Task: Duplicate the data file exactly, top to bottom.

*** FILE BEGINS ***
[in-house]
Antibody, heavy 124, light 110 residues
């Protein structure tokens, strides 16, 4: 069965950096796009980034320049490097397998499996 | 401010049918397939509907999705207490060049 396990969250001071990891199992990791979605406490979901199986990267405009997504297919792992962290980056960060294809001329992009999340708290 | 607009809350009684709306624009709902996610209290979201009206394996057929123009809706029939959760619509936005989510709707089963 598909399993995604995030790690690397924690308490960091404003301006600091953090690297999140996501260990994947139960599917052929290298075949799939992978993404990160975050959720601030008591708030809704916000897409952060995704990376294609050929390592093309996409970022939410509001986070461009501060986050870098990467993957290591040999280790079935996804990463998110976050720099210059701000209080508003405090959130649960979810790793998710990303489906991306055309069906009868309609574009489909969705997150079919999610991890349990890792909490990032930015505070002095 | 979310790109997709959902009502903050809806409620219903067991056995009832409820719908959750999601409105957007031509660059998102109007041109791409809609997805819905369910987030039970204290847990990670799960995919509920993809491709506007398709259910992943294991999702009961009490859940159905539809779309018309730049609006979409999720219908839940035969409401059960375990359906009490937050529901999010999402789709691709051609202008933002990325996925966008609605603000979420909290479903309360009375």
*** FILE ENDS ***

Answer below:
[in-house]
Antibody, heavy 124, light 110 residues
């Protein structure tokens, strides 16, 4: 069965950096796009980034320049490097397998499996 | 401010049918397939509907999705207490060049 396990969250001071990891199992990791979605406490979901199986990267405009997504297919792992962290980056960060294809001329992009999340708290 | 607009809350009684709306624009709902996610209290979201009206394996057929123009809706029939959760619509936005989510709707089963 598909399993995604995030790690690397924690308490960091404003301006600091953090690297999140996501260990994947139960599917052929290298075949799939992978993404990160975050959720601030008591708030809704916000897409952060995704990376294609050929390592093309996409970022939410509001986070461009501060986050870098990467993957290591040999280790079935996804990463998110976050720099210059701000209080508003405090959130649960979810790793998710990303489906991306055309069906009868309609574009489909969705997150079919999610991890349990890792909490990032930015505070002095 | 979310790109997709959902009502903050809806409620219903067991056995009832409820719908959750999601409105957007031509660059998102109007041109791409809609997805819905369910987030039970204290847990990670799960995919509920993809491709506007398709259910992943294991999702009961009490859940159905539809779309018309730049609006979409999720219908839940035969409401059960375990359906009490937050529901999010999402789709691709051609202008933002990325996925966008609605603000979420909290479903309360009375």